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Chest. 1980 Feb;77(2):155-60.

Noninvasive tests to evaluate the severity of aortic stenosis. Limitations and reliability.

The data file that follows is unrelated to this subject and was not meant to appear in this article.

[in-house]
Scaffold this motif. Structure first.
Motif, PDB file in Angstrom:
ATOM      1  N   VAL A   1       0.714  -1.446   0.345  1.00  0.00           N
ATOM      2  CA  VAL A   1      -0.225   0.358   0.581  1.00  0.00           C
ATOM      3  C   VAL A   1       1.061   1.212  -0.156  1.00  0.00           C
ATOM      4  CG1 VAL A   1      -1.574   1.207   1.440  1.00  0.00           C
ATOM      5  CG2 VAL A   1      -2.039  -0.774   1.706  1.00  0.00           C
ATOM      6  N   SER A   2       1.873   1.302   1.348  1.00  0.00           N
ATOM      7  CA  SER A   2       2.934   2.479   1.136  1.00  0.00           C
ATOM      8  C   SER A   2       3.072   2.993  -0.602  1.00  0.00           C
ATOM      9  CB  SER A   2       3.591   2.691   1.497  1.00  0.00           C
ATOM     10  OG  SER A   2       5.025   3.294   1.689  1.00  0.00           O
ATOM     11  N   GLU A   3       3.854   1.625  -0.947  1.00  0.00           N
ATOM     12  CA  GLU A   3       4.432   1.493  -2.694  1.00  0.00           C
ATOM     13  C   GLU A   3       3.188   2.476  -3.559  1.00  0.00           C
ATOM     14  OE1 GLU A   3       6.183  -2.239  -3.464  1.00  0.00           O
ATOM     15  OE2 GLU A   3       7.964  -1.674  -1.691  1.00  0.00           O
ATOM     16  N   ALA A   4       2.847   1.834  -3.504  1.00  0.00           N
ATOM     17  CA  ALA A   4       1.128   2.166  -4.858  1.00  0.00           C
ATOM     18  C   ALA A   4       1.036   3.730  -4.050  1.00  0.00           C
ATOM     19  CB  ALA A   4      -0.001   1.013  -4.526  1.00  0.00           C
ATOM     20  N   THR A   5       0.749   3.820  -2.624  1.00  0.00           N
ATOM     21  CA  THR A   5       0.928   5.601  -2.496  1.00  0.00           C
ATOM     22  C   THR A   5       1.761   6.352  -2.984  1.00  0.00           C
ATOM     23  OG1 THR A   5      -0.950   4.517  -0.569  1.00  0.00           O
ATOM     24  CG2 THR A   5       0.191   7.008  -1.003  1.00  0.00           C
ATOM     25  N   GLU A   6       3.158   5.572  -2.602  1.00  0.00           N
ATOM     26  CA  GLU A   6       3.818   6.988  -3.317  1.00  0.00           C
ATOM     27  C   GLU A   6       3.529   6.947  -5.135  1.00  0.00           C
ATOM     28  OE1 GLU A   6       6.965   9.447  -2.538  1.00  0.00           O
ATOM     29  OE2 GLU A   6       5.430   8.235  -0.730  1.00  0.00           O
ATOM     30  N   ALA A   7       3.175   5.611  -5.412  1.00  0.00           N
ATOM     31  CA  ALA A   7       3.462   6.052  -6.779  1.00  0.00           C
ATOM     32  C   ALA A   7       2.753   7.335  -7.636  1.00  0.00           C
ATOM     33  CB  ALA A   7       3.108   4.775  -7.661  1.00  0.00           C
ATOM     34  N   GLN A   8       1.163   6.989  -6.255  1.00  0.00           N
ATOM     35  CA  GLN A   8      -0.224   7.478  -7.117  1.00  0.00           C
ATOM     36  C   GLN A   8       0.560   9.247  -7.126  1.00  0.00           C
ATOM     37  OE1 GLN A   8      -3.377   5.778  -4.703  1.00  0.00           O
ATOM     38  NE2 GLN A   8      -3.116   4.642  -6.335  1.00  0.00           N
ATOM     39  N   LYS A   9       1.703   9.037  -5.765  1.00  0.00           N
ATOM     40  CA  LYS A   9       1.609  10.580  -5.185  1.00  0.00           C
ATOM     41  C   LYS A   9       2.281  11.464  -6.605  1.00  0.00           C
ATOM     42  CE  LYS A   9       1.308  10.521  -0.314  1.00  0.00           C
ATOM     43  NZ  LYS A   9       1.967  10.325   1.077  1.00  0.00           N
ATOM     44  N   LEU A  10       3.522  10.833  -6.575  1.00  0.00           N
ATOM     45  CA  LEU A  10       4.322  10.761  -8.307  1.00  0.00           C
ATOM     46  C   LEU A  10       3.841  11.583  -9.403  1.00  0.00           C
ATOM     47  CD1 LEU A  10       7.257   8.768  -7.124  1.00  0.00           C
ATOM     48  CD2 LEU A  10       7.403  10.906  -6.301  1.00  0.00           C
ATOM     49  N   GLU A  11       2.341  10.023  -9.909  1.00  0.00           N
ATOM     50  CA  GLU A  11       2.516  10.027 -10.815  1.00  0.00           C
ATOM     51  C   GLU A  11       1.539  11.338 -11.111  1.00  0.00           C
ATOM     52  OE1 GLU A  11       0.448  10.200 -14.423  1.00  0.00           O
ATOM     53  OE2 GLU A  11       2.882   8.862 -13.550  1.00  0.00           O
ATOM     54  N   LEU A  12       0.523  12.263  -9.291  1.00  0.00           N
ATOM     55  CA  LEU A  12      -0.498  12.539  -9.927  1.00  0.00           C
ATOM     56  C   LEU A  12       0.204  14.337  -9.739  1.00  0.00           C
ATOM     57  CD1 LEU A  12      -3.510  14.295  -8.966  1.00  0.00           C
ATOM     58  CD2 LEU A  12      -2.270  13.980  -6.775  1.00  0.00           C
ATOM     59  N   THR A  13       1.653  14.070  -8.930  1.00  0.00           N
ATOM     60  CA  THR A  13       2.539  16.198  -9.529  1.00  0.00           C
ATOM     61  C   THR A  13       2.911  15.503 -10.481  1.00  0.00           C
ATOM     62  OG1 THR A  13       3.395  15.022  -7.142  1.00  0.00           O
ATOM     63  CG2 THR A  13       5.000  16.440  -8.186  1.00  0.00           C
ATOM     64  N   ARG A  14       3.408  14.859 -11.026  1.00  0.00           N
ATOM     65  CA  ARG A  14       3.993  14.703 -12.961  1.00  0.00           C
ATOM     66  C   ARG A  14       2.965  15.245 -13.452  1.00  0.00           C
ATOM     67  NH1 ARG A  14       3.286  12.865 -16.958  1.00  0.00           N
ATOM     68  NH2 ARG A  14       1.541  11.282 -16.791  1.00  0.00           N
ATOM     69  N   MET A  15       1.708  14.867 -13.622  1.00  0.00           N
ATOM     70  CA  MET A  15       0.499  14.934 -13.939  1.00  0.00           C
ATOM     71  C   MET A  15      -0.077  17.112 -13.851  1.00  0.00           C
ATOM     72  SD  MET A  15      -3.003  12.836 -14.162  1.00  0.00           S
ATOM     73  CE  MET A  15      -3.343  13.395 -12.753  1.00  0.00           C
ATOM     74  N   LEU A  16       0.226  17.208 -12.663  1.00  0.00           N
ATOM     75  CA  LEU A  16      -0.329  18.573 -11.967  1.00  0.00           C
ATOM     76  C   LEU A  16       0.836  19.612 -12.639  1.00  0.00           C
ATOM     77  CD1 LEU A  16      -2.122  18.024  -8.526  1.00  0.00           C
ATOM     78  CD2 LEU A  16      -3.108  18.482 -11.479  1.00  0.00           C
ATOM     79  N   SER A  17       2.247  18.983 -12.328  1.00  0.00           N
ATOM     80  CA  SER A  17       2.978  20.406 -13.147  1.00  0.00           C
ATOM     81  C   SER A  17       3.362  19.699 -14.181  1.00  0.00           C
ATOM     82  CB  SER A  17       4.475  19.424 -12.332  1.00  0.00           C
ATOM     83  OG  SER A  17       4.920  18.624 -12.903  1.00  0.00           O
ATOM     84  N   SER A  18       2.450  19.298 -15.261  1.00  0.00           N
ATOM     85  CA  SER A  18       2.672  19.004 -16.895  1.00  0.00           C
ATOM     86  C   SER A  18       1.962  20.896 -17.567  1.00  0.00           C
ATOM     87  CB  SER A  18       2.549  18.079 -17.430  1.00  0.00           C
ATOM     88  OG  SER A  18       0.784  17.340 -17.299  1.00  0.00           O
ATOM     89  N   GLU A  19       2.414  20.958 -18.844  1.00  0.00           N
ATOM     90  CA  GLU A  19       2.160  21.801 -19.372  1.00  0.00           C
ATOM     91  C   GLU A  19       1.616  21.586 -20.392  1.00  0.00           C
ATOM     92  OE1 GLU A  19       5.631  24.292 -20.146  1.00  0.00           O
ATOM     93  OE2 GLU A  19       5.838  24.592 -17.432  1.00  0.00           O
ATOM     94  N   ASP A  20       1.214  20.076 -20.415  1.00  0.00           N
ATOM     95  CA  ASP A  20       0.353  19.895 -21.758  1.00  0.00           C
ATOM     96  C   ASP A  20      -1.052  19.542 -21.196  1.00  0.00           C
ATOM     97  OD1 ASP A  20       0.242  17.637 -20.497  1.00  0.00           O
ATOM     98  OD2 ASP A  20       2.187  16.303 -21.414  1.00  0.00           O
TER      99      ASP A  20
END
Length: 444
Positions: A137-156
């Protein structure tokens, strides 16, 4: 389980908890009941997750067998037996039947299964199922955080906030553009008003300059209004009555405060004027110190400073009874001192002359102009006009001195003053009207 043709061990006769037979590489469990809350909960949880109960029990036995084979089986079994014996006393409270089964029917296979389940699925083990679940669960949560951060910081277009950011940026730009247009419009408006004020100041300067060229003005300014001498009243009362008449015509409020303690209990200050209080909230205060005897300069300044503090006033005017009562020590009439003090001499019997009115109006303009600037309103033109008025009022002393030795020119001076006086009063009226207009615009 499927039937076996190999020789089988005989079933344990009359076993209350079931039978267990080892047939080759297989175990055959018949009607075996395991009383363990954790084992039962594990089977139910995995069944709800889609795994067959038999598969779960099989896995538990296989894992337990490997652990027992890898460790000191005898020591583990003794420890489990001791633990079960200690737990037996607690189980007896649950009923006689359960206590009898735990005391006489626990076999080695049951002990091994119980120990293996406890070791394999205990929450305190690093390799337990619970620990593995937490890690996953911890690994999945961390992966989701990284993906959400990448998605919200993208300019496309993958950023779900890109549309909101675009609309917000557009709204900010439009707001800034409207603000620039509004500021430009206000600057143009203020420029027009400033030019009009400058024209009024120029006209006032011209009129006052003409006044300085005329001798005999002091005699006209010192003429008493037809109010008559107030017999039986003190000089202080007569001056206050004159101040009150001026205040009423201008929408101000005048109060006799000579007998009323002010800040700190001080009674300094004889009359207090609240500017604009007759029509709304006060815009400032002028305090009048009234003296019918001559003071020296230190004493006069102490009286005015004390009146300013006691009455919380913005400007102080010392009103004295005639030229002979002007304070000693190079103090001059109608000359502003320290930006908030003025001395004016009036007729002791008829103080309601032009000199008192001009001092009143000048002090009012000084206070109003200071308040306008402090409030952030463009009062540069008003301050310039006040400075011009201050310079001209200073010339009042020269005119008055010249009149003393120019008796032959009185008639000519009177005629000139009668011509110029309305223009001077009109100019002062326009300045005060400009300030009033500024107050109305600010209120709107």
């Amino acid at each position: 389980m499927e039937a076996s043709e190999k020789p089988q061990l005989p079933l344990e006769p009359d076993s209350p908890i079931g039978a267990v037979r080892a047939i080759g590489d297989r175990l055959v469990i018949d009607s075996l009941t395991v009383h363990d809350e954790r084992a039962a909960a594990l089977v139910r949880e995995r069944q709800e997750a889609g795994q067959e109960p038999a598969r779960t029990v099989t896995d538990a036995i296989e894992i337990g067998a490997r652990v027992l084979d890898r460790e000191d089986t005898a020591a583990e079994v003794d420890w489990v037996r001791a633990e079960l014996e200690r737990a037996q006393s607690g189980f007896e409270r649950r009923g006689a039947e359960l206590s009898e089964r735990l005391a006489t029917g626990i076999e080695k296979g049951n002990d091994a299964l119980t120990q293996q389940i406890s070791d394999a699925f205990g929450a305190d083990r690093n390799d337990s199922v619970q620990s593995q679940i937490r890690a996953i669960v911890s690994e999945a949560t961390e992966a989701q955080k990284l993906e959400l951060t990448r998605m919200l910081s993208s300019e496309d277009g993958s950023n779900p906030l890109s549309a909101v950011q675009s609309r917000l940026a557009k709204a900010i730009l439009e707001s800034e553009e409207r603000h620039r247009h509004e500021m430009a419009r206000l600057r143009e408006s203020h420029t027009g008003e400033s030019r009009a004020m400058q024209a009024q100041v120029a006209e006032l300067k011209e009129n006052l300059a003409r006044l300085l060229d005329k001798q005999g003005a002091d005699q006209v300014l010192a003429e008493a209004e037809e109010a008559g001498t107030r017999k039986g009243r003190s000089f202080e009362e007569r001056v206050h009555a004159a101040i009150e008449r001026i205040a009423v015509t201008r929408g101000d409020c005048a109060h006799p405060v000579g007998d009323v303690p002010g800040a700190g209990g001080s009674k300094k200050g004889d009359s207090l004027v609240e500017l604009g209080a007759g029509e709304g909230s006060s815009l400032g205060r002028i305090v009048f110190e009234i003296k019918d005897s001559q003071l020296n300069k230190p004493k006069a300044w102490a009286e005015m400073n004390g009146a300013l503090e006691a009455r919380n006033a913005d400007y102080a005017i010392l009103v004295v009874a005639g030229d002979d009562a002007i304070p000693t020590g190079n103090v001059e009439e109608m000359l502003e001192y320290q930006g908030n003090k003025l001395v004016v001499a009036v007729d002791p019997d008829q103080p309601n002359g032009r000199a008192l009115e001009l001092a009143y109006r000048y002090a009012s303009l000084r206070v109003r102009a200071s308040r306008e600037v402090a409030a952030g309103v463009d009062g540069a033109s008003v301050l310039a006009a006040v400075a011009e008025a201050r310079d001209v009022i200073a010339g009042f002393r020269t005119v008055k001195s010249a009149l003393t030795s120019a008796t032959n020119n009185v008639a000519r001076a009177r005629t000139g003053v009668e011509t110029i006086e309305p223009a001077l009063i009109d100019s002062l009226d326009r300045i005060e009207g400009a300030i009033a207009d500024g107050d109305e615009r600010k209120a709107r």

Fifty patients were examined with phonocardiograms, carotid pulse tracings, and M-mode echocardiograms to evaluate the ability of noninvasive tests to identify the severity of aortic valvular disease as determined at cardiac catheterization. Linear and multivariate analysis showed these noninvasive approaches to have only fair correlation with the severity of the disease. A binary division of the population under study into severe and nonsevere subgroups based on aortic valvular area (less than or equal to 0.8 sq cm in severe group [n = 25]; greater than 0.8 sq cm in nonsevere group [n = 25]) allowed sensitivity, specificity, and likelihood ratios to be determined. The likelihood ratio increased fourfold as the interval from the ECG Q wave to the murmur's peak (Q-MP) prolonged to 320 msec and increased sevenfold when the rate-corrected left ventricular ejection time (delta LVET) was more than 40 msec beyond values predicted from standard regression equations. Echocardiographic measurements were less helpful. Prolonged values of Q-MP and delta LVET proved to be the best discriminators of severe aortic valvular disease in this population where the prevalence of severe and nonsevere disease was equal.

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